Biblical Worship Encounters Pt. 2

By Ross Parsley
Contributing Writer
April 24, 2012

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: Abraham and Isaac

Have you ever gone an extended missions trip to a third world country? How long before you start to miss American food, the smell of a well-marinated hamburger on the grill, the taste of a creamy milkshake to wash it down? It's strange, but after awhile, even the lowest of all American culinary delights-fast food-starts to sound appealing. Or what if you were the next contestant on Survivor, forced to eat only coconut parts and whatever sea creature you could spear with a carefully whittled stick? How long would be too long? How much would be too much? Losing comforts and conveniences is one thing; losing a vital part of your life, purpose, or identity is quite another. But even that is still not quite the picture. Our subject isn't loss; it's the voluntary laying down of things that have become central to our existence.

Think about Abraham. Here is a man called out by God, promised to be the father of many nations. He leaves his hometown and embarks on a journey whose destination is unsure. After a creative but failed attempt to fulfill God's promise of a son, Abraham is old and discouraged. Then the miracle happens. His also aging wife, Sarah, gets pregnant with their first and only child. It is the promise child, Isaac. Imagine the joy that captures Abraham's heart. It is the moment he thought he would never see. Tears roll down his wrinkled face, creased with years of hardship and sorrow, as he holds his son in his arms. Isaac is tangible proof that the promises of God are true. Wrapped up in that little child is all of Abraham's God-given hopes and dreams, indeed, his very destiny.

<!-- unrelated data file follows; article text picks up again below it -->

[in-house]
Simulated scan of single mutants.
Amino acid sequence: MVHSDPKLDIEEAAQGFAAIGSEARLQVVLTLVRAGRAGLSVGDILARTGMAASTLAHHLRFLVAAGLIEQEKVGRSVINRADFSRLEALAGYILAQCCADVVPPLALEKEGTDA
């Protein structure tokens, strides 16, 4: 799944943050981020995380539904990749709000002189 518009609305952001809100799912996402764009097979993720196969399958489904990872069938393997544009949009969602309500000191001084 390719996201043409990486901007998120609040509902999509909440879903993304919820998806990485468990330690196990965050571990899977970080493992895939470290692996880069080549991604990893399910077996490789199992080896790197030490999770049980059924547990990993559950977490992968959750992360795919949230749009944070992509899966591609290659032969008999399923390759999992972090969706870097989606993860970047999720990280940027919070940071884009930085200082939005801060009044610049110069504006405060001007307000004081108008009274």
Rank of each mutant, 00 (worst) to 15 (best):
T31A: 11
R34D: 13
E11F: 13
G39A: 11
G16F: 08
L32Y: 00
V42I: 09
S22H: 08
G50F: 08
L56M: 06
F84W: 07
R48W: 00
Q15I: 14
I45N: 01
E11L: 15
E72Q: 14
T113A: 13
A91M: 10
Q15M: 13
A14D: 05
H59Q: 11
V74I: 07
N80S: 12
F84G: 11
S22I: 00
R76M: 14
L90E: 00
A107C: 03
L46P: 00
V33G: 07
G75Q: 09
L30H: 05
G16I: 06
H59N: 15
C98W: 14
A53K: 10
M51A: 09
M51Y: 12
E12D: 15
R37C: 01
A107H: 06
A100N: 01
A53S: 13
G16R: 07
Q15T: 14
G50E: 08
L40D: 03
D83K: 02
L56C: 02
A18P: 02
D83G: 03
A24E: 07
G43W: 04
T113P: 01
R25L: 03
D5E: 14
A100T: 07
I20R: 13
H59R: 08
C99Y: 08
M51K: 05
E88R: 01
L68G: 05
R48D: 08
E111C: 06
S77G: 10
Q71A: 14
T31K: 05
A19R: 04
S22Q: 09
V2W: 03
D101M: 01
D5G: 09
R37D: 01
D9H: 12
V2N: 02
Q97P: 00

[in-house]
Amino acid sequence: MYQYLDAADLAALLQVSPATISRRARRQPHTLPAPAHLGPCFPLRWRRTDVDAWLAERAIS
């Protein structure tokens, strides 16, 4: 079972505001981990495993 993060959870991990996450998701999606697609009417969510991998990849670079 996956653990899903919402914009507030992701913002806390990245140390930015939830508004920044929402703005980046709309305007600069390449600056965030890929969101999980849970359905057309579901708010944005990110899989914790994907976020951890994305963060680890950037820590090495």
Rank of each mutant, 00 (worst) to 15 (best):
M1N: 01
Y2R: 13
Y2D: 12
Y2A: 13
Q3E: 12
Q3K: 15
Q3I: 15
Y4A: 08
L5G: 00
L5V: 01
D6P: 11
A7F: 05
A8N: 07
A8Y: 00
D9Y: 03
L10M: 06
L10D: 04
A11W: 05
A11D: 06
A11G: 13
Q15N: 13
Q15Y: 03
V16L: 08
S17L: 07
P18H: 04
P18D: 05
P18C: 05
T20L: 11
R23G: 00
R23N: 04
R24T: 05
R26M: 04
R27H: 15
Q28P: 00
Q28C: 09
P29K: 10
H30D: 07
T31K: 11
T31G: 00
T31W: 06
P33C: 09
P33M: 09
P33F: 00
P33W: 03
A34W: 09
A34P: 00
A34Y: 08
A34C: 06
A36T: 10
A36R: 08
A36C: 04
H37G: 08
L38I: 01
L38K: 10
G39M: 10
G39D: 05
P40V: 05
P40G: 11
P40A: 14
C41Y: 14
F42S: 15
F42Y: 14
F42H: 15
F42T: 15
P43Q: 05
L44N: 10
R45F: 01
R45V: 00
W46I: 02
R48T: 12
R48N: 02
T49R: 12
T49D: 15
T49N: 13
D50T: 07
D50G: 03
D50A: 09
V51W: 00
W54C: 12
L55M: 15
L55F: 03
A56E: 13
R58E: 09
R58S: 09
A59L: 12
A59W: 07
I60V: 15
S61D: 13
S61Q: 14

And then God spoke. "Abraham." "Here I am," came the response. "Take your son, your only son, Isaac, whom you love.." (Feel Abraham trembling as he awaits the Divine command) ".and go to the region of Moriah. Sacrifice him there as a burnt offering on one of the mountains I will tell you about." (Feel Abraham's heart sink so low it feels as if he's buried in quicksand.)